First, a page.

How to: Paint on Marble with Chalk Paint™

So I’m going to paint this marble top table. It’s the same technique as I would use if it was a laminate because it’s a little bit shiny and not really absorbent.

So I’m going to choose Paris Grey because it goes nicely with Aubusson. I’ve already had it open for a little while so I’m going to add just a little bit of water because it’s just a little tiny bit thick and it’s got to flow easily and well. And now it feels nice and smooth.

I’m just going to paint it all over and this first coat is going to be quite thin, and I’m going for it. I’m not again doing this or doing it all in one direction, I’m going every which way – every direction – and covering all over. You can see that it’s going to cover very, very easily but I don’t want one thick coat. It’s much better to have two thin coats on something like this. I’ll leave that now to dry. I’ll leave it for a couple of hours and then I’ll give it a second coat.

So I’m ready now to do a second coat. Little bits are missing, it’s uneven but that’s exactly as I would have expected it to be. But I’ll just add a little bit more water because I want it to flow really, really nicely and smoothly.

I’m now going to sort of feather it out slightly. Instead of painting quite so much like that, you see the brush mark like that. I’m going to do that but then smooth it out and using the top tip of the brush. If I want it very smooth when I’ve done all this, what I’ll then do is sand it very, very, very lightly.

If you wanted to you could use the flat brush to do very similar technique and that would easily get you the smooth finish. I’ve painted this marble because the color didn’t work it was very orange and it really didn’t go in my room. So I wanted to paint it. I know there are some beautiful marbles I’d never want to paint. It’s personal preference. If you want to paint it; paint it!

So that’s it I finished doing the painting, of course as normal I will wax it because that’s part of the whole process. But this was just to show you how you would paint some marble.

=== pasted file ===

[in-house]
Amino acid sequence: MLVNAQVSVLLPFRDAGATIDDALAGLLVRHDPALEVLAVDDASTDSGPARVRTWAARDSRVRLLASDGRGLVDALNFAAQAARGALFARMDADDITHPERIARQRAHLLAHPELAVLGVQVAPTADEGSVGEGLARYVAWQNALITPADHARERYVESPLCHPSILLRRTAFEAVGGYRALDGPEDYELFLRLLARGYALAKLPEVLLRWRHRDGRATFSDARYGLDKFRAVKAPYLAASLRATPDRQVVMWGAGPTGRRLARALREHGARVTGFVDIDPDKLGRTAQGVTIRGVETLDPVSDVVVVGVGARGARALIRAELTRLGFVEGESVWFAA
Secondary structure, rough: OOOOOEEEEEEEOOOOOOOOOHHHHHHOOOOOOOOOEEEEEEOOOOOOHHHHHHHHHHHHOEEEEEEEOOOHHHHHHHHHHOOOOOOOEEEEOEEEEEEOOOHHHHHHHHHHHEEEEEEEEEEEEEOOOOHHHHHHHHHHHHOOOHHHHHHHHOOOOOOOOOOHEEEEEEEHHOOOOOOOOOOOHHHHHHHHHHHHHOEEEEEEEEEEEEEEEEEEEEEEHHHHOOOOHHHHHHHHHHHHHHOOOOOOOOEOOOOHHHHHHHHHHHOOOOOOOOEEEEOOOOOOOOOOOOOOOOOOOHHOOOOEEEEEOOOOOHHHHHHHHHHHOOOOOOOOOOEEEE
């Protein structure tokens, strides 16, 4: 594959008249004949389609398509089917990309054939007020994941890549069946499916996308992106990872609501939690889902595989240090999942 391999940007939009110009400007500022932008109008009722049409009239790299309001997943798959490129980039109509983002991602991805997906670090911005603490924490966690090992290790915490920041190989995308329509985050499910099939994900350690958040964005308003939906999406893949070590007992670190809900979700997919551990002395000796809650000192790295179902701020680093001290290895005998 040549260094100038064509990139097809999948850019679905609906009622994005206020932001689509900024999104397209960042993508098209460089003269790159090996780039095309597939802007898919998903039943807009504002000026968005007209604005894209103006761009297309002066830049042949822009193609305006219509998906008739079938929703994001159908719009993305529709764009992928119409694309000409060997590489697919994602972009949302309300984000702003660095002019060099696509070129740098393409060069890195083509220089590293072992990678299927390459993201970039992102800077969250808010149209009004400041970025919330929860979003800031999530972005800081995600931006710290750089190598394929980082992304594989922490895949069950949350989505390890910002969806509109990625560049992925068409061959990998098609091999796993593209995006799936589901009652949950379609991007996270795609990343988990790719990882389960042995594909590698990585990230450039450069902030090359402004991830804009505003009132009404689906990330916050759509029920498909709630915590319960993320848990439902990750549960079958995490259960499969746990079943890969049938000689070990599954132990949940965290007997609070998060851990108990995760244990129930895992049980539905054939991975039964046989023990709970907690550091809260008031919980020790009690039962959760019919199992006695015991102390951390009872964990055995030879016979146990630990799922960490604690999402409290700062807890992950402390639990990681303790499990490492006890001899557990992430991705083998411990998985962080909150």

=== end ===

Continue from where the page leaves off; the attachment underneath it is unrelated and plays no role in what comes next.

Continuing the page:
Learn how to paint a marble surface using Chalk Paint™.

Painting marble isn’t something everyone will want to do, but it’s a brilliant way to update a piece of furniture if you don’t like the colour of the stone. Marble topped furniture – whether it’s an old coffee table or a traditional dresser – might just not work for you. Perhaps you find the stone a little cold or it’s just the colour of the marble that doesn’t work in your space. You might have inherited a piece or picked one up at a flea-market, but that doesn’t mean you have to live with it as it is. A quick lick of Chalk Paint™ and you can transform your furniture in minutes – creating the exact look to suit your style.

Step by step guide to painting on marble with Chalk Paint™

  1. Paint the marble with your chosen Chalk Paint™ colour using a Chalk Paint™ Brush. Here Annie has chosen Paris Grey. The first coat is applied quite thinly, with brush strokes in every direction.
  2. Leave the paint to dry for a couple of hours.
  3. Apply the second coat of Chalk Paint™, again relatively thinly. Use a light touch and feather the brush strokes on the paint to create a smooth finish. The Annie Sloan Flat Brush is great for feathering.
  4. *Optional: if you would like an even smoother finish, you can sand the paint once it is dry using an Annie Sloan Sanding Pad in fine grade. This will remove the appearance of brushstrokes even further.
  5. Once dry, wax as you would any other piece of furniture using Clear Chalk Paint™ Wax and a Chalk Paint™ Wax Brush or lint-free cloth.
  6. Allow the wax to cure (harden) before use. It will be touch dry within 24 hours, but will take up to 2 weeks to fully harden. You can use it during this time, just be gentle.

Painting marble or stone needn’t be a headache. With the right tools in hand, transforming your furniture is a breeze, right from the wooden base to the marble top. Once you’ve finished painting, remember you can also bring out details with gilding. You might be tempted to skip waxing, but that’s the secret to creating a lasting finish, even on marble. Have a play with different colour combinations and brush techniques. Once you get into your stride, there’s no limit to what you can achieve.  And remember, your local Annie Sloan Stockist can always guide you along the way.

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